Sen. Tom Harkin and Rep. George Miller Toasted as Title IX Champions

AAUW Vice President of Government Relations Lisa Maatz presented Rep. George Miller with an AAUW Title IX Champion award and a letter from AAUW of California. “These 37 words changed everything,” Miller said of Title IX.

AAUW Vice President of Government Relations Lisa Maatz presented Rep. George Miller with an AAUW Title IX Champion award and a letter from AAUW of California. “These 37 words changed everything,” Miller said of Title IX.

June 18, 2014

Next year Congress will lose two of its most devoted advocates for educational equity, because Sen. Tom Harkin (D-IA) and Rep. George Miller (D-CA) are retiring. Since they were elected to Congress in 1974 — two years after Title IX became law — the two men have been at the forefront of ensuring that Title IX remains strong while also working to advance enforcement, awareness, and application of the law. Often working together, they have vastly improved gender equity in education across the nation.

“Your commitment to women and girls has resulted in a stronger education system — one where all children are valued,” AAUW of Iowa President Maxine Lampe wrote in a letter to Harkin honoring him as an AAUW Title IX Champion.

In 1990, Harkin sponsored and passed the Americans with Disabilities Act, legislation that protects the civil rights of Americans with disabilities. As current chair of the Senate Health, Education, Labor, and Pensions Committee, Harkin chaired a hearing two years ago, around Title IX’s 40th anniversary, that featured four women who have made huge advancements thanks to Title IX.

“We all benefit from gender equality,” Harkin said about Title IX. “The highest-growth, highest-wage careers today — careers that are critical to America’s economic success and national security — are the same careers that were traditionally off-limits to women before Title IX’s passage.”

Similarly, Harkin is mindful of protecting against discrimination and assaults in the LGBT community. To combat threats to LGBT students, he proposed a rewrite of our education laws to include language similar to Title IX that would add sexual orientation and gender identity to the list of protected demographics.

While Harkin was working for educational equity in the Senate, his colleague Miller worked on similar goals in the House. As chair of the House Committee on Education and Labor from 2007 to 2010, Miller led the committee to its “most productive legislative record in history,” taking on issues such as student loan debt and expanding Pell Grants.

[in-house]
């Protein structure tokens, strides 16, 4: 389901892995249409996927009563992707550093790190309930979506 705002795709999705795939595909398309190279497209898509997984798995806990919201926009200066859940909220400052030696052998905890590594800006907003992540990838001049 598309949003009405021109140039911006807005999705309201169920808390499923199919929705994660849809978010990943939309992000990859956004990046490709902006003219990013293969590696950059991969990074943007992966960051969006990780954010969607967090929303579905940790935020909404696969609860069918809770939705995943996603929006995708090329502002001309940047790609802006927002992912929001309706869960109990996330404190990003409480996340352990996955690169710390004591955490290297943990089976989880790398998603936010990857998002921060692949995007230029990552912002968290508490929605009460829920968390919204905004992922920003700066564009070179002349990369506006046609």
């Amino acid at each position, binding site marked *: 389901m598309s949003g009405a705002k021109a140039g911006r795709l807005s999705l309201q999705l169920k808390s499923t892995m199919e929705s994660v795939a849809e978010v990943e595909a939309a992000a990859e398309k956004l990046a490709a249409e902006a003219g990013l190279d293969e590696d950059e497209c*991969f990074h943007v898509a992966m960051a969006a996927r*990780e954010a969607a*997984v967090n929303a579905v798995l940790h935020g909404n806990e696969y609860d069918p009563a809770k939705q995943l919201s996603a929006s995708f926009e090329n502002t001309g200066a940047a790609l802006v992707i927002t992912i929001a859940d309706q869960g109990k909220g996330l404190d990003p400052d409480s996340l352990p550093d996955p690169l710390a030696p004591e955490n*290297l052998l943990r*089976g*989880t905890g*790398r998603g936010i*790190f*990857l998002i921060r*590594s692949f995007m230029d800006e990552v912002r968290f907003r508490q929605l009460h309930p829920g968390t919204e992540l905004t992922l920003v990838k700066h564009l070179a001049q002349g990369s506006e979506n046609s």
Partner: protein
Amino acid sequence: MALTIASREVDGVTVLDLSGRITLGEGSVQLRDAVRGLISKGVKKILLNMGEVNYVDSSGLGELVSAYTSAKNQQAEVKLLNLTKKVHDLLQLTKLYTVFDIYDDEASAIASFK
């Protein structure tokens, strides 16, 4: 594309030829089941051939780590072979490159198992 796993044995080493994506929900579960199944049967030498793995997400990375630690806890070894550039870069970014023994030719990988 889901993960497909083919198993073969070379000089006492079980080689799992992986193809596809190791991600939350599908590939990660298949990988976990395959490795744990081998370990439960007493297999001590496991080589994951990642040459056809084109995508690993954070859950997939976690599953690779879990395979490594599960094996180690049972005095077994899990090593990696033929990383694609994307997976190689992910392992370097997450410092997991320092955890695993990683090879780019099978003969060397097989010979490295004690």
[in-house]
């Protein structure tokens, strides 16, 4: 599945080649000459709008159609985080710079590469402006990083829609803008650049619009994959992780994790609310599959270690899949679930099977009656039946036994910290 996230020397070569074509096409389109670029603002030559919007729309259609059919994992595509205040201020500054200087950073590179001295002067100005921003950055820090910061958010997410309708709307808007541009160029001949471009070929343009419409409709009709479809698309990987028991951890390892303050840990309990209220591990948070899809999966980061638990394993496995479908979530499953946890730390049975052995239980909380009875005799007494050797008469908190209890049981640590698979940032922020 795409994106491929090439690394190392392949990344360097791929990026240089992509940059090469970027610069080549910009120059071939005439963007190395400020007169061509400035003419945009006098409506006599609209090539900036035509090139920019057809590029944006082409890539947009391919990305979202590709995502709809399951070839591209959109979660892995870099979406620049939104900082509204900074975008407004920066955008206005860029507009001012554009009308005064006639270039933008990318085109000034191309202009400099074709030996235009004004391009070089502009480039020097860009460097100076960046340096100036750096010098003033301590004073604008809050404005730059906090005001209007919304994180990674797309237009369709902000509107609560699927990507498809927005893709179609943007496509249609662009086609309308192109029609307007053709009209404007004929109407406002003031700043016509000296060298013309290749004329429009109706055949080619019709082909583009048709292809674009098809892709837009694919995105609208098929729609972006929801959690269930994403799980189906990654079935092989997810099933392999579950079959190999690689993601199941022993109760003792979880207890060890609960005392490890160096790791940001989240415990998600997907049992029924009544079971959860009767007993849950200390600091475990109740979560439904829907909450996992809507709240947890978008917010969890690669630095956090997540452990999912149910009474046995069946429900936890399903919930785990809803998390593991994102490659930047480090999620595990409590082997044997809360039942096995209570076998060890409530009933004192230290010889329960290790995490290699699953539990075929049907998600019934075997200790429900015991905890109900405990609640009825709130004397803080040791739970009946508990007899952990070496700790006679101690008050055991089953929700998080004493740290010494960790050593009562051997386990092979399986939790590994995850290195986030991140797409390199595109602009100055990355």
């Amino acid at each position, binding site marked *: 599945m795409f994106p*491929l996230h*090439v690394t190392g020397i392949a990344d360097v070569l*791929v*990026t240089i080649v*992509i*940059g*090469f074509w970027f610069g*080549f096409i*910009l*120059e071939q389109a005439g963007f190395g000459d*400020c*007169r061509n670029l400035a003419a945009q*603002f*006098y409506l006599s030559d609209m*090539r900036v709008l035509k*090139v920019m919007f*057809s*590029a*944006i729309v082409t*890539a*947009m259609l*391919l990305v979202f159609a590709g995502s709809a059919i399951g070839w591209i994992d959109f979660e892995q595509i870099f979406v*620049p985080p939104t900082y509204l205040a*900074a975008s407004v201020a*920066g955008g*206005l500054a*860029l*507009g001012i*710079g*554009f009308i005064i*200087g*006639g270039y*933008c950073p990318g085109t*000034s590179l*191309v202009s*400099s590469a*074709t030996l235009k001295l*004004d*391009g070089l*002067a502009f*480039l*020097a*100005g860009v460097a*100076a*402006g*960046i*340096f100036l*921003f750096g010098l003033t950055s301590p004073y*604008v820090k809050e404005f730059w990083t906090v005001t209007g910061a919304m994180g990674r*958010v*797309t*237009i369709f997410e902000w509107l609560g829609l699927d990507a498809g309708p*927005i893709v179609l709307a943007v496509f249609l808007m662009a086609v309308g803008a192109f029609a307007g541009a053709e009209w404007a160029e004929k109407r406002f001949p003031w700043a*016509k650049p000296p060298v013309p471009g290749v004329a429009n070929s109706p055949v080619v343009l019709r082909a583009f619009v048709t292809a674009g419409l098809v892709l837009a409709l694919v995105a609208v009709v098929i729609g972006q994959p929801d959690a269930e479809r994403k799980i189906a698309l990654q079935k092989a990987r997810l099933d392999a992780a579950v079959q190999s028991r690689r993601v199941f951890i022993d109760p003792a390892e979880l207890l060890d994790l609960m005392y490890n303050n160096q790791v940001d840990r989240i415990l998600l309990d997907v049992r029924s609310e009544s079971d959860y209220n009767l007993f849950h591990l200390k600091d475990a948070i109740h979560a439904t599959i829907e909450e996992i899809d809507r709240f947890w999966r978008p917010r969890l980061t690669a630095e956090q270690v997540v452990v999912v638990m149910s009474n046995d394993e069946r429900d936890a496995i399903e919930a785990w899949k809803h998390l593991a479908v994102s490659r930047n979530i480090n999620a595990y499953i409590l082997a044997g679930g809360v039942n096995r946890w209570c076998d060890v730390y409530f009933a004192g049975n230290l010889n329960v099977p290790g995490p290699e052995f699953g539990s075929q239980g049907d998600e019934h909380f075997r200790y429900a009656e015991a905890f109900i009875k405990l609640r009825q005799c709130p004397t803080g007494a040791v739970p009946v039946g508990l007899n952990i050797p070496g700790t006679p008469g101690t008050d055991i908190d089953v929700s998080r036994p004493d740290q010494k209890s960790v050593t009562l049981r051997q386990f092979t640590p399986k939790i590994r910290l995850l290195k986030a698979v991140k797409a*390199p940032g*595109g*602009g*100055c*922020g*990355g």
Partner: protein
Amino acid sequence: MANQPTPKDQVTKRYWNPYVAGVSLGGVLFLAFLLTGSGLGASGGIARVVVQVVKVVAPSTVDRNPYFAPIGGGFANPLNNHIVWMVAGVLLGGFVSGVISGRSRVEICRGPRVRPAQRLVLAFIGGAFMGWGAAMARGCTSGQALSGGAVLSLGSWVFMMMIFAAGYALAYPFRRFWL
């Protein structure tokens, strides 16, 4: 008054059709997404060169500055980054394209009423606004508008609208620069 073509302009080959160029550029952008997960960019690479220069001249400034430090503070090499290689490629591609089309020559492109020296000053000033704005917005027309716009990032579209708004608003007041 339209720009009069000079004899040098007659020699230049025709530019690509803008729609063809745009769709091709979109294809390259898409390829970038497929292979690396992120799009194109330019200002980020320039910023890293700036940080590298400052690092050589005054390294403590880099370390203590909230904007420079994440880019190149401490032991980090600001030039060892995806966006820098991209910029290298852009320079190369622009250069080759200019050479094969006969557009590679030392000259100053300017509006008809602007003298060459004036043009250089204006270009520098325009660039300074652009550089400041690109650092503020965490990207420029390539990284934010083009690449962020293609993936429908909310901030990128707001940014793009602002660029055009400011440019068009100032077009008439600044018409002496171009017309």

“You have been incredibly successful at translating your priorities into laws that have benefited millions during your congressional tenure,” Sue Miller, AAUW of California board member and public policy chair, wrote in a letter to George Miller honoring him as an AAUW Title IX Champion.

Recently, George Miller called for investigations of schools and their prevention of sexual abuse (working to prevent sexual harassment and assault is a requirement of Title IX). George Miller’s actions helped prompt updated guidance from the U.S. Department of Education on the responsibilities of schools.

“Thanks to Title IX, all students can benefit from their education,” he said in remarks given at an AAUW reception this week.

But George Miller also noted that there is still work to be done.

“For all young people here, there’s no shortage of battles to participate in as far as women’s equity,” he said.

Whether they were focused on improving the classroom experience, safety of schools, or equal access to education, Harkin and George Miller deserve applause for prioritizing students’ needs. We are grateful for their service and commitment to equity for women and girls, and we thank them for the long-lasting contributions they have made in their years in Congress. They truly are Title IX Champions.

The Title IX Champions Cupcake Reception

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AAUW hosted a reception June 17 to honor Sen. Tom Harkin (D-IA) and Rep. George Miller (D-CA) as Title IX Champions. Both are retiring after serving in Congress since 1975. The reception featured Title IX-themed cupcakes.

By:   |   June 18, 2014

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